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Short Stories: Somerset Baptist Church: A Trip Down Memory Lane

somerset baptist church mt perry ohio auditorium
Somerset Baptist Church Auditorium after Remodel, 1992

In July of 1983, I started the Somerset Baptist Church in Somerset, Ohio. In 1985, we bought a Methodist church building near Mt Perry, Ohio for $5,000.00. The church building, built in 1831 and one of the oldest Methodist buildings in Ohio, would be the church’s home until Polly and I moved away in March 1994.

During the eleven years I was pastor, hundreds of church members came and went and we hauled thousands of kids to church on one of our four buses. For five years, we operated a private Christian school, open only to the children of the church. It was tuition-free.

bruce gerencser 1983
Bruce Gerencser, Somerset Baptist Church, 1983

This was the church where I came of age as a pastor. In 1983, I was a hardcore, Independent Fundamentalist Baptist (IFB) pastor. When I moved away in 1994 to co-pastor Community Baptist Church in Elmendorf, Texas, I was a committed Calvinistic, Reformed Baptist pastor. I went through tremendous intellectual and social transformation during these eleven years.

Several years ago, as I scanned the pictures from this era, my mind was flooded with memories of the shared experiences I had with the church family. Yes, there were bad times, stupid times, dumb ass times. Yes, I was a Fundamentalist and that brought all kinds of baggage with it. But, as I looked at the pictures, I didn’t think about beliefs. My thoughts were about people and the wonderful times we had. Yes, Fundamentalism psychologically and emotionally harmed and scarred me (and the people I pastored), but that does not mean there are no good memories. There are lots of them. In fact, the vast majority of the memories I have are good ones. Sometimes, when people deconvert they often become so fixated on the negative which happened that they forget the good times. I know I did.

bruce gerencser 1991
Bruce Gerencser, 1991, Somerset Baptist Academy

As I looked at these photos, I also shed some tears. There were a handful of people in the pictures who are now dead. Cancer, heart attacks, and car accidents claimed their lives and all I have left of them are the pictures and our shared memories. After I posted the pictures to Facebook, I heard from a number of people who were once part of the church. Most of the people I heard from were children when I was at Somerset Baptist Church. They are now middle-aged with families of their own. Their parents, like me, are old and gray. It was nice to hear from them.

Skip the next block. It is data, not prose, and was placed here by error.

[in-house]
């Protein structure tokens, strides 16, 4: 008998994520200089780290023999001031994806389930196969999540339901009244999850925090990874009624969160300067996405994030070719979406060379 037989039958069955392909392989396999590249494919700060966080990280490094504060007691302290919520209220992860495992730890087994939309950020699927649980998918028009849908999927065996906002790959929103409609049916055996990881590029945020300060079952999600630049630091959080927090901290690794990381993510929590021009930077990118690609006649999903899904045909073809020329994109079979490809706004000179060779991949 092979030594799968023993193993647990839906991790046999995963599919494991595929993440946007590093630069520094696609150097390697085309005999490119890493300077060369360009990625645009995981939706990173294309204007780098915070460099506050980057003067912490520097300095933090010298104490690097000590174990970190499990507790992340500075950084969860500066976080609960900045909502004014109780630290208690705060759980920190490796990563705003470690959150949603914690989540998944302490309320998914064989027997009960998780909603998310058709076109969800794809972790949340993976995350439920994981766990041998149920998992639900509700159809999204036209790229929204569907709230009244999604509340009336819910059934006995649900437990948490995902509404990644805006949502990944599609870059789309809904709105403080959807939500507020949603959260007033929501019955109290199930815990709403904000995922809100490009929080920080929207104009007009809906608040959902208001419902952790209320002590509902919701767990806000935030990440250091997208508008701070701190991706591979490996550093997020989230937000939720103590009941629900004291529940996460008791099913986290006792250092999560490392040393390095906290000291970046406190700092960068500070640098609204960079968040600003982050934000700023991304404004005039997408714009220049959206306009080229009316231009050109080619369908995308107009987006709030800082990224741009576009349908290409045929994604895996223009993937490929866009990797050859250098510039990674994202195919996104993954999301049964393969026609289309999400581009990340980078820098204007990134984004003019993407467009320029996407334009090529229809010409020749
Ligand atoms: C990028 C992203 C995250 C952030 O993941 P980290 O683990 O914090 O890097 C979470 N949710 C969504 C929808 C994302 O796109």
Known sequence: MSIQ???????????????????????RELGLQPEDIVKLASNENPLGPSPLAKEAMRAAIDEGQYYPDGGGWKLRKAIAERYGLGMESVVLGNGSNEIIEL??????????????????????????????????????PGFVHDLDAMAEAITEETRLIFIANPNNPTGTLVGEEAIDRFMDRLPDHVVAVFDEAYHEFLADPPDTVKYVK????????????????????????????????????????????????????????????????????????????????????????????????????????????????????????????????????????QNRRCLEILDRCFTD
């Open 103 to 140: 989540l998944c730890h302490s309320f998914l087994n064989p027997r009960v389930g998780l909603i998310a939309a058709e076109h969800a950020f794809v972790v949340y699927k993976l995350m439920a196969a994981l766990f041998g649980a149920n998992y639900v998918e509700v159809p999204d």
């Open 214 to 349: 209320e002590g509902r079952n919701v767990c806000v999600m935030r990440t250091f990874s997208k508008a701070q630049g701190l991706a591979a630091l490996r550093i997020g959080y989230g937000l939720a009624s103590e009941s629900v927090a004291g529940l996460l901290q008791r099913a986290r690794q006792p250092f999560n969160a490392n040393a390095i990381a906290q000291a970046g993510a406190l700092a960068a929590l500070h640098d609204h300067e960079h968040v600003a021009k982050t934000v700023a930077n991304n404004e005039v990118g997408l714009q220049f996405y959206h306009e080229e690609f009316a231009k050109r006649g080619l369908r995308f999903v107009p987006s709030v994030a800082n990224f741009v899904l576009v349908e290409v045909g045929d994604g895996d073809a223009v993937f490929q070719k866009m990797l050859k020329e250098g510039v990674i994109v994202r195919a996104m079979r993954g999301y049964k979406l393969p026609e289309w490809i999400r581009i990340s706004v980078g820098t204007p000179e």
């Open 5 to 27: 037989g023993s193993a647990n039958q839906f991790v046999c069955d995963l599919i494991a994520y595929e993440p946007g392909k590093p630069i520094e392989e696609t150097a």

The photos aren’t very good – the best a $20.00 camera could offer. Nothing like the photos I took with my professional $4,000 camera years later. In fact, they are down-right terrible. But, infused into the photos are memories, and it is those memories that matter.

bruce and polly gerencser 1985
Bruce and Polly Gerencser, Sweetheart Banquet, 1985

I feel old today — a dying man who has lived a long life. But I also feel blessed to have lived a good life, a life marked by contradiction, conflict, grief, and change, along with happiness, joy, and goodness. It is the sum of my life.

bruce gerencser 1990's
Bruce Gerencser, Somerset Baptist Church, Early 1990s
bruce gerencser 1987
Bruce Gerencser, Somerset Baptist Church, 1987
bruce-gerencser-headshot

Bruce Gerencser, 65, lives in rural Northwest Ohio with his wife of 44 years. He and his wife have six grown children and thirteen grandchildren. Bruce pastored Evangelical churches for twenty-five years in Ohio, Texas, and Michigan. Bruce left the ministry in 2005, and in 2008 he left Christianity. Bruce is now a humanist and an atheist.

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10 Comments

  1. Avatar
    Steve

    Wonderful memories! I’ve been guilty of what you said, so consumed with the bad, I forget the good. There were many good times 🙂

    (Btw, you looked like such an IFBer!! 🙂

  2. Avatar
    Thomas Whitten

    On the contrary. The photos are excellent. Gotta have a closer look. They tell stories. You know the narrative of the photos, I don’t. The door image with the thunderstorm approaching for instance…are the folks running home to get stuff closed off? Tornado warning on the radio? The girl’s face is full of excitement. I’d like to know why. I’m very happy you are back. You get my brain cells going.

  3. Avatar
    Ian

    Your are right, I have forgotten about the good times. As a child during half of my church days, I was sheltered from a lot of the crap- all I had to do was obey and things were pretty good.